• Meat/poultry are slowly returning to the dinner plate, but the quest for variety is driving regular use of protein alternatives.
    The majority, and a growing number, of home-cooked meals include meat/poultry and protein choices shifted along with price changes. But three-quarters of shoppers prepare meat alternatives at least once a week, with growth for fish, eggs and plant-based proteins. Protein continues to be a popular claim, but is not leveraged exclusively nor optimally by the meat industry.
  • Thoughtful curation of the meat case tailored to shopper needs, trends and innovation can drive incremental sales.
    Variety is one of the top reasons to switch stores, arguing for assortment optimization at the store level. Variety is also the main reason for serving protein alternatives. While the meat case offers an abundance of proteins and cuts, buying unfamiliar meat/poultry items has a much higher trial barrier than other new food experiences. Overcoming habitual purchases through education, customer service, sampling and/or recipes can pay off big through incremental dollars in meat and the total basket.
  • Selling meat as part of a total meal solution prompts interest for everyday and seasonal meal occasions.
    Thinking like the shopper by positioning fresh meat as part of a total meal solution versus meal component piques shopper interest. Ready-to-prepare meal kits in the meat department draw interest among 53 percent of shoppers. Meat-inspired events and high-quality meal solutions for secondary holidays may be other ways to drive incremental dollars and volume.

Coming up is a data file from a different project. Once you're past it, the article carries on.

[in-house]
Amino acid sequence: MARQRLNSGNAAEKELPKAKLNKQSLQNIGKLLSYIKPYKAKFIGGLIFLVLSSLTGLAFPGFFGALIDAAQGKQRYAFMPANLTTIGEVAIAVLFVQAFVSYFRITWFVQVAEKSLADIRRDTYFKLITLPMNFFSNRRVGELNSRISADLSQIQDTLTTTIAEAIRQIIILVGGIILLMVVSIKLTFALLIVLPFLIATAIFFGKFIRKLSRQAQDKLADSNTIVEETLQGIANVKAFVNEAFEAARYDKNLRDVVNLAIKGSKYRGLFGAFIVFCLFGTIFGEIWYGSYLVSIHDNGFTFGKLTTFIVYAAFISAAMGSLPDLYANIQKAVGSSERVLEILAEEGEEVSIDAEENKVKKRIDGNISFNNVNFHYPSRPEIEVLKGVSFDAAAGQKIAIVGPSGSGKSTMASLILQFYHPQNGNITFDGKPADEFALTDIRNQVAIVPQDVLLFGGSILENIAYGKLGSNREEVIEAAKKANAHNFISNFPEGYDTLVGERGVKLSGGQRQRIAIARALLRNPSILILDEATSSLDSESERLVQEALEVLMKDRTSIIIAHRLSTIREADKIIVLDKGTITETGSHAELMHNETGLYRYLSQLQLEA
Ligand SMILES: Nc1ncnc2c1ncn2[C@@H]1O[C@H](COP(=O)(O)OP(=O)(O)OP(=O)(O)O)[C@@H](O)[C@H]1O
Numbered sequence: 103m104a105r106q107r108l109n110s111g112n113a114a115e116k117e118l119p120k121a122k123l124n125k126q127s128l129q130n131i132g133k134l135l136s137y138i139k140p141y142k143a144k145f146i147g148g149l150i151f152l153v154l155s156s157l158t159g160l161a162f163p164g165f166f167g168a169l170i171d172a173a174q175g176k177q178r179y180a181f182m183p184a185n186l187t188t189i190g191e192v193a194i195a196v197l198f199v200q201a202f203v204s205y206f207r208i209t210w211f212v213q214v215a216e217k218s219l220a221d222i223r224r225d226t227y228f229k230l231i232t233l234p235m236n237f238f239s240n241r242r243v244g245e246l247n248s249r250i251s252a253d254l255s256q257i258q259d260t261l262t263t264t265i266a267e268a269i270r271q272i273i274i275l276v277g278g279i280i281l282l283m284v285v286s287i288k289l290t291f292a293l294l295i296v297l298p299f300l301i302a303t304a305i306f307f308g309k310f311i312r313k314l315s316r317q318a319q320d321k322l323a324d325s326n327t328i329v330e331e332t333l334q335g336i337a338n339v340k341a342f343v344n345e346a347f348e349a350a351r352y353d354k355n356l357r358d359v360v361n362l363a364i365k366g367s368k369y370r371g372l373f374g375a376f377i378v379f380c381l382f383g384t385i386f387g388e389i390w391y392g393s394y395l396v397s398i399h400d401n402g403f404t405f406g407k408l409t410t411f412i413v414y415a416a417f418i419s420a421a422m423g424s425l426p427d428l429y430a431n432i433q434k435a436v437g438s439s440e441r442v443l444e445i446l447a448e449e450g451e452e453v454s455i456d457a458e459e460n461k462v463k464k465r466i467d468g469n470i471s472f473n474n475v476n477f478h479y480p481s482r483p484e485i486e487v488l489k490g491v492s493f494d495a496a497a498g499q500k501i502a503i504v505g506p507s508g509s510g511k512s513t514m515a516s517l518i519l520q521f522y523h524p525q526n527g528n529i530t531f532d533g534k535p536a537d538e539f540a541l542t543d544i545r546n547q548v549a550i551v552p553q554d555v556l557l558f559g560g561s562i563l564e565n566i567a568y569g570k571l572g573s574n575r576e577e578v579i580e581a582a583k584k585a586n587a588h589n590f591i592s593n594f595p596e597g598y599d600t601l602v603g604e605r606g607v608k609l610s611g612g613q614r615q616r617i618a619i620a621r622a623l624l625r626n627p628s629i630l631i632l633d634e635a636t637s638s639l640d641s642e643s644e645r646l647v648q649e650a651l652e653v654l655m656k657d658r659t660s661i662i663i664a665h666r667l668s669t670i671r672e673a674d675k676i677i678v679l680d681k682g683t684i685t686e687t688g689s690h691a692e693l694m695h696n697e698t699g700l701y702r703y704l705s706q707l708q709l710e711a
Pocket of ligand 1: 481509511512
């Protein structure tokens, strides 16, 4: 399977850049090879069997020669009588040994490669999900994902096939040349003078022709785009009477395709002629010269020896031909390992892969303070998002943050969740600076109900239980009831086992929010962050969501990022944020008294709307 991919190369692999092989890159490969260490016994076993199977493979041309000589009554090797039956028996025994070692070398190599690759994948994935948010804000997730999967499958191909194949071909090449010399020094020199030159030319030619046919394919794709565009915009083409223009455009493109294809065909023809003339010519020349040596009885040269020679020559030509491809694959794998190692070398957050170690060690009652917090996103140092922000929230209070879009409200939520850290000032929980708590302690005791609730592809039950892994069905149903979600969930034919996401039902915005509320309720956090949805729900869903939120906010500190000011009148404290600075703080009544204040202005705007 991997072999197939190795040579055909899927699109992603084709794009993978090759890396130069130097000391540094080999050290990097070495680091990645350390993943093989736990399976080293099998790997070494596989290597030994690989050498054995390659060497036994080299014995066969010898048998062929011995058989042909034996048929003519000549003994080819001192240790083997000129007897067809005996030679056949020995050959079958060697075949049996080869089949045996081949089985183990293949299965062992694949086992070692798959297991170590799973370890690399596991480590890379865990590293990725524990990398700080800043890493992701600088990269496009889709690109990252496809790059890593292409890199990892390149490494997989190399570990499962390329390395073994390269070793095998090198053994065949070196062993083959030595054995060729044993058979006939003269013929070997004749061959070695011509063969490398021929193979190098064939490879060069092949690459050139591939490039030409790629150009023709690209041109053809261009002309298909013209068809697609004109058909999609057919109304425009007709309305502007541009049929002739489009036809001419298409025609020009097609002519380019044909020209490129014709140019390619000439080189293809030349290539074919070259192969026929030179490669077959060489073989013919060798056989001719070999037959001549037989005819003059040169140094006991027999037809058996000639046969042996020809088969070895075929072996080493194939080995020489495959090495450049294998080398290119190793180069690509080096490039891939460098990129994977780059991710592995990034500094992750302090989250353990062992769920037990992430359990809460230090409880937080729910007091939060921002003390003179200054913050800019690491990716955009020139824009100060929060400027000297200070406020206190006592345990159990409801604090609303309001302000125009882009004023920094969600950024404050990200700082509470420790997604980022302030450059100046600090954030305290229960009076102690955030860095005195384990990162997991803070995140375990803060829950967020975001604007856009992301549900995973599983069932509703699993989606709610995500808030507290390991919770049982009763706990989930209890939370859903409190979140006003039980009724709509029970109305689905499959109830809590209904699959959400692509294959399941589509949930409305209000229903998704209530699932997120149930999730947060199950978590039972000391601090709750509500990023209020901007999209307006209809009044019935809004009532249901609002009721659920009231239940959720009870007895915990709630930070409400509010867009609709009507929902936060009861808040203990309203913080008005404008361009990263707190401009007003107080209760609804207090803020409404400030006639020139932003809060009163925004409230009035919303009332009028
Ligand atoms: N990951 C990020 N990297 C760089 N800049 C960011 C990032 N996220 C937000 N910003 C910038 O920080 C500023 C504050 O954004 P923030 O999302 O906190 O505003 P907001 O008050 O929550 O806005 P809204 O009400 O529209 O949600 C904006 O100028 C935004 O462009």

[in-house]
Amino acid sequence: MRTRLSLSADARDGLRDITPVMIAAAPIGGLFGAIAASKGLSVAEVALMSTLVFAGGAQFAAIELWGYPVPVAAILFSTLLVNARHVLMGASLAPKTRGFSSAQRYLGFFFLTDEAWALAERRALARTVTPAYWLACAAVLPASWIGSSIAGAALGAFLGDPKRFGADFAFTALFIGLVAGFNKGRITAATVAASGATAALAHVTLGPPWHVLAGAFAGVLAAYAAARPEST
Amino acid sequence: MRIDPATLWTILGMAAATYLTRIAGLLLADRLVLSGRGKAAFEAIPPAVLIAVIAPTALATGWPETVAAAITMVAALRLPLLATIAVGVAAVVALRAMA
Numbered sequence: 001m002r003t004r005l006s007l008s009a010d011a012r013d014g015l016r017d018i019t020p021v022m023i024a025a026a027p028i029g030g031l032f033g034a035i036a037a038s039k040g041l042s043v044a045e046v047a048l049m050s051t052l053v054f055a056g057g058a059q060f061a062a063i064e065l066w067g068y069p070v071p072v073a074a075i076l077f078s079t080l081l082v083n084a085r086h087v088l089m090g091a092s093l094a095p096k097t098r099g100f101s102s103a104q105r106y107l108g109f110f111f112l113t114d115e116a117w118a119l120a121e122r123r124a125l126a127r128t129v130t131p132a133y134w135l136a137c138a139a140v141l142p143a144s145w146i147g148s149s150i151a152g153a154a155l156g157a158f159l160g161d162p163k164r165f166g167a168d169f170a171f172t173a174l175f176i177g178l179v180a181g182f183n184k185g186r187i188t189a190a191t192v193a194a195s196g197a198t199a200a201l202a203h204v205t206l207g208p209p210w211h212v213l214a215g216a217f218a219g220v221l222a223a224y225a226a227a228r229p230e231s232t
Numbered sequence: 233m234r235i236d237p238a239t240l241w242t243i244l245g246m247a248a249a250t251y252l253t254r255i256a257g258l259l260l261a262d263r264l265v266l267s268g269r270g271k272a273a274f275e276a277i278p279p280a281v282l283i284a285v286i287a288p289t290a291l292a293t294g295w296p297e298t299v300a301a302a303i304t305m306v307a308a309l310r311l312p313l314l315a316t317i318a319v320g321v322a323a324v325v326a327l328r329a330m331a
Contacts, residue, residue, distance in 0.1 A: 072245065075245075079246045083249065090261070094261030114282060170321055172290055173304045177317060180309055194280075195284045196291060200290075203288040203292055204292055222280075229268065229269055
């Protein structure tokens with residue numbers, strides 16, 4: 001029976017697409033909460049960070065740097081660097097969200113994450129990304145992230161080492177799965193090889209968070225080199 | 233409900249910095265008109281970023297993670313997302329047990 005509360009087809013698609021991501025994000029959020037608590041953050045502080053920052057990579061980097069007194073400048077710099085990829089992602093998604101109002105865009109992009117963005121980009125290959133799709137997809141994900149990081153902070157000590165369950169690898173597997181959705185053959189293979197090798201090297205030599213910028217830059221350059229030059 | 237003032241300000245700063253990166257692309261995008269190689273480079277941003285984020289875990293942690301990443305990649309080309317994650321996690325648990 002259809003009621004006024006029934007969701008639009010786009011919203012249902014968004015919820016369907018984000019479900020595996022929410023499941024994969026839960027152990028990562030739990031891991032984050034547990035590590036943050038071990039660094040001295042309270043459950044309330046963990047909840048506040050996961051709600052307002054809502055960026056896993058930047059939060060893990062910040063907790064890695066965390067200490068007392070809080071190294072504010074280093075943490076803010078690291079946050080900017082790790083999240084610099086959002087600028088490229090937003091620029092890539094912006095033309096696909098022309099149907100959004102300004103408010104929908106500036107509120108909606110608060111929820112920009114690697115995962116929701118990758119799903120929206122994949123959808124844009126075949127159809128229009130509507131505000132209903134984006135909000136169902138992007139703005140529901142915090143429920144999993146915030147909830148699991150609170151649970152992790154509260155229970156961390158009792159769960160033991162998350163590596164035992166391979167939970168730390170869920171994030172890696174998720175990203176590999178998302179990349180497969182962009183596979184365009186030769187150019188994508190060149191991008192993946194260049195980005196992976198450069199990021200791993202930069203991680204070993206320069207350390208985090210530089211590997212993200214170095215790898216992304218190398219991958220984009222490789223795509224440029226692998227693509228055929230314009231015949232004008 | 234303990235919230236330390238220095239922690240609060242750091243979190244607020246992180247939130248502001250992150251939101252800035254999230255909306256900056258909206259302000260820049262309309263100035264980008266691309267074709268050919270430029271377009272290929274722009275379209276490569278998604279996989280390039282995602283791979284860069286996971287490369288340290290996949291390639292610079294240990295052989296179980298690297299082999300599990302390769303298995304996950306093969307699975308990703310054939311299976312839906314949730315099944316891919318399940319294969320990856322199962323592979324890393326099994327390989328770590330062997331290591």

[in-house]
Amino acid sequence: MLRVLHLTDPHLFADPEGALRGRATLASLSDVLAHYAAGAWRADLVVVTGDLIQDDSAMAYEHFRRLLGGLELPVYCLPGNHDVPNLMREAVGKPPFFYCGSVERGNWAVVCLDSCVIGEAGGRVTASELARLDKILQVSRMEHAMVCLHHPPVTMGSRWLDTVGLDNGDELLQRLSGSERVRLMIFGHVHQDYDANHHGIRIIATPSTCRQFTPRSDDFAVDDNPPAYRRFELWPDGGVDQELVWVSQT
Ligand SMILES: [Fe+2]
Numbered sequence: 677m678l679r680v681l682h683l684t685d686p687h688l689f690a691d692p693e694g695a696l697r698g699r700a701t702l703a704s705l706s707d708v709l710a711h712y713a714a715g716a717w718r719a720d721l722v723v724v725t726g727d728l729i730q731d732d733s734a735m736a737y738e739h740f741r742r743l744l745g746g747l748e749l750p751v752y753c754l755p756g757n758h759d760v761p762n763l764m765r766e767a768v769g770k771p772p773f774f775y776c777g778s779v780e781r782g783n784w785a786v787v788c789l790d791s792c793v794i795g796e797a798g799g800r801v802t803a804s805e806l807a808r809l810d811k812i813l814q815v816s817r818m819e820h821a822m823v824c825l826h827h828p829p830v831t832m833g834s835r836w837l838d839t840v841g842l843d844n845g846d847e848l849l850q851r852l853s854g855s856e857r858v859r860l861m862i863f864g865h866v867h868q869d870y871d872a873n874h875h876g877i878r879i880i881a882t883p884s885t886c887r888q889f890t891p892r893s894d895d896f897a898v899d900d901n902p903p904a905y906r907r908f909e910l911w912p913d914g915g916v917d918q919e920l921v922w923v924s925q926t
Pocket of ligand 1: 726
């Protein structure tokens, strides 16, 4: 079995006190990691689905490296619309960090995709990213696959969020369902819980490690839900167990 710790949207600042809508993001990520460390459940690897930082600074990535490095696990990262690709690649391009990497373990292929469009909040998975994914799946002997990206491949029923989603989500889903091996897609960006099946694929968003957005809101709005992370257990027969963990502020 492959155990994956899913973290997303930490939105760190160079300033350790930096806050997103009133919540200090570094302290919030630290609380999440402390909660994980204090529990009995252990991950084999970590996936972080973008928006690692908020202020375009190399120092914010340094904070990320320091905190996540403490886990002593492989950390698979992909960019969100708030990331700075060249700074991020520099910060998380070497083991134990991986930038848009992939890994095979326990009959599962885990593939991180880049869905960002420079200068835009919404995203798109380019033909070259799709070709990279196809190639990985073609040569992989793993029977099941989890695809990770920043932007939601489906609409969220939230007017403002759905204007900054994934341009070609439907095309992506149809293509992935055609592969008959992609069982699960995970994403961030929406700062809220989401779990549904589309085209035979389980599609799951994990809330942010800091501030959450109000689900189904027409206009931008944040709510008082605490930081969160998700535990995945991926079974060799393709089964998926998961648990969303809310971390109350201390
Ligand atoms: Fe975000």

• Trip trends and the growing popularity of alternative channels emphasize the importance of shopper relevance.
    Meat remains a supermarket stronghold through high conversion and secondary store trips. But trips are down for traditional channels as alternative formats pick up more of the occasional meat purchase. Millennials are drawn to alternative channels — a red flag for traditional retailers to better understand and serve their different purchasing and consumption habits.
  • Convenience meat/poultry is poised for growth, but it’s important to actively address quality and freshness perceptions.
    Identified as a future growth area by retailers, and valued by high-income, convenience-seeking shoppers, value-added meat and poultry saw robust volume increases. Uptake is growing among the core user group, but price, quality and freshness perceptions stand in the way of wider adoption. Better communication about grade, handling and prices commensurate with the level of convenience may help accelerate growth.

Links and resources

 Contributed by Anne-Marie Roerink, Principal and Founder of 210 Analytics

Anne-Marie specializes in providing customized research and marketing strategies with a specialty in food retailing for clients such as the Food Marketing Institute, National Grocers Association, National Confectioners Association, Retail Industry Leaders Association and others. Through countless studies, Anne-Marie has developed an excellent perspective on the changing nature of the shopper and the food retailing business today and the challenge of success tomorrow. Anne-Marie offers a diverse and in-depth view on retailing financials, operations and shopper behavior, and how/why these issues are important to various organizations. Prior to founding 210 Analytics, Anne-Marie was the Head of Research for the Food Marketing Institute.